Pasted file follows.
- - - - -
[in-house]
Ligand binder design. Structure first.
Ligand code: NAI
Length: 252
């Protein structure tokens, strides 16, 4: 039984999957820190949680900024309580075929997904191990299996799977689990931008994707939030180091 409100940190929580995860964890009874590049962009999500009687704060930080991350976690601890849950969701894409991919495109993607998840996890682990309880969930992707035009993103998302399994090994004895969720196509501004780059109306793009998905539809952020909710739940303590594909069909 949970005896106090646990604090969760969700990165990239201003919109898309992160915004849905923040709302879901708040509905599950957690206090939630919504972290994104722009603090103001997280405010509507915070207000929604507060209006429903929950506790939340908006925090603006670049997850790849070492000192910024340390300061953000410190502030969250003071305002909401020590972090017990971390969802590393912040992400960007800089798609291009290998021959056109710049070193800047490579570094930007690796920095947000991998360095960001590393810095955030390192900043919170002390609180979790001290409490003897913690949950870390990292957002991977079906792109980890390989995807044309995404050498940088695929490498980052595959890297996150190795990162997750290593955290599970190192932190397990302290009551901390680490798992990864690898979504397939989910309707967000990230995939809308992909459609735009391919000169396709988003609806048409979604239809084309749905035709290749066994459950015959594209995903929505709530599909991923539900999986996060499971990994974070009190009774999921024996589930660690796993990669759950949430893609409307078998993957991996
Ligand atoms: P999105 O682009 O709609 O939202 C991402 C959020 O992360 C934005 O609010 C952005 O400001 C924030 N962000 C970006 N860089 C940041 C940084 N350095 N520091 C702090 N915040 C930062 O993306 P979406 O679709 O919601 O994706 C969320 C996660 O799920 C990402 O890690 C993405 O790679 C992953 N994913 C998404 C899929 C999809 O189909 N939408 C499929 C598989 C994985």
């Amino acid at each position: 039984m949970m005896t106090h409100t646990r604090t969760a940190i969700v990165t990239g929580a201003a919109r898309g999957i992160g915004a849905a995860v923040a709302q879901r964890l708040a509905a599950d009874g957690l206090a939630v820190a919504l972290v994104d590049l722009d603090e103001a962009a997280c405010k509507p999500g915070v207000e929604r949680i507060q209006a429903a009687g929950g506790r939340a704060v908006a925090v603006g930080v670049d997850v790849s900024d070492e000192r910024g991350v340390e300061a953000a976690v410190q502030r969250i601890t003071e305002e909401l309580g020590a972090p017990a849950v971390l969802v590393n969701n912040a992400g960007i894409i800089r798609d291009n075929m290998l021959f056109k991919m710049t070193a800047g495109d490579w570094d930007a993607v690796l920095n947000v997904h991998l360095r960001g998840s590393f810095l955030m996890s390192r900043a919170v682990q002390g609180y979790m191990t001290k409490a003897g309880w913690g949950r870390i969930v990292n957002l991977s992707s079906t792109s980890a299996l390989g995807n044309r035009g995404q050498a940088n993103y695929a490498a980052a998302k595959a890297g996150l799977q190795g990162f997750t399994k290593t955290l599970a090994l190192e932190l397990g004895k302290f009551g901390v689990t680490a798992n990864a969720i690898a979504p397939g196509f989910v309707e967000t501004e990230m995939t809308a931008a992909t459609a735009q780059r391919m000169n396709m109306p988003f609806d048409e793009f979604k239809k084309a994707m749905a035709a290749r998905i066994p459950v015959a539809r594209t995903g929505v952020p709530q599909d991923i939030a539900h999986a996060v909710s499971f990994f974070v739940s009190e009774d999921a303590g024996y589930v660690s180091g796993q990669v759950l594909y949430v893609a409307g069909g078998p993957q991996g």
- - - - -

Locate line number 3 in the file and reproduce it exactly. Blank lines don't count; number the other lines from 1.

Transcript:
Ligand code: NAI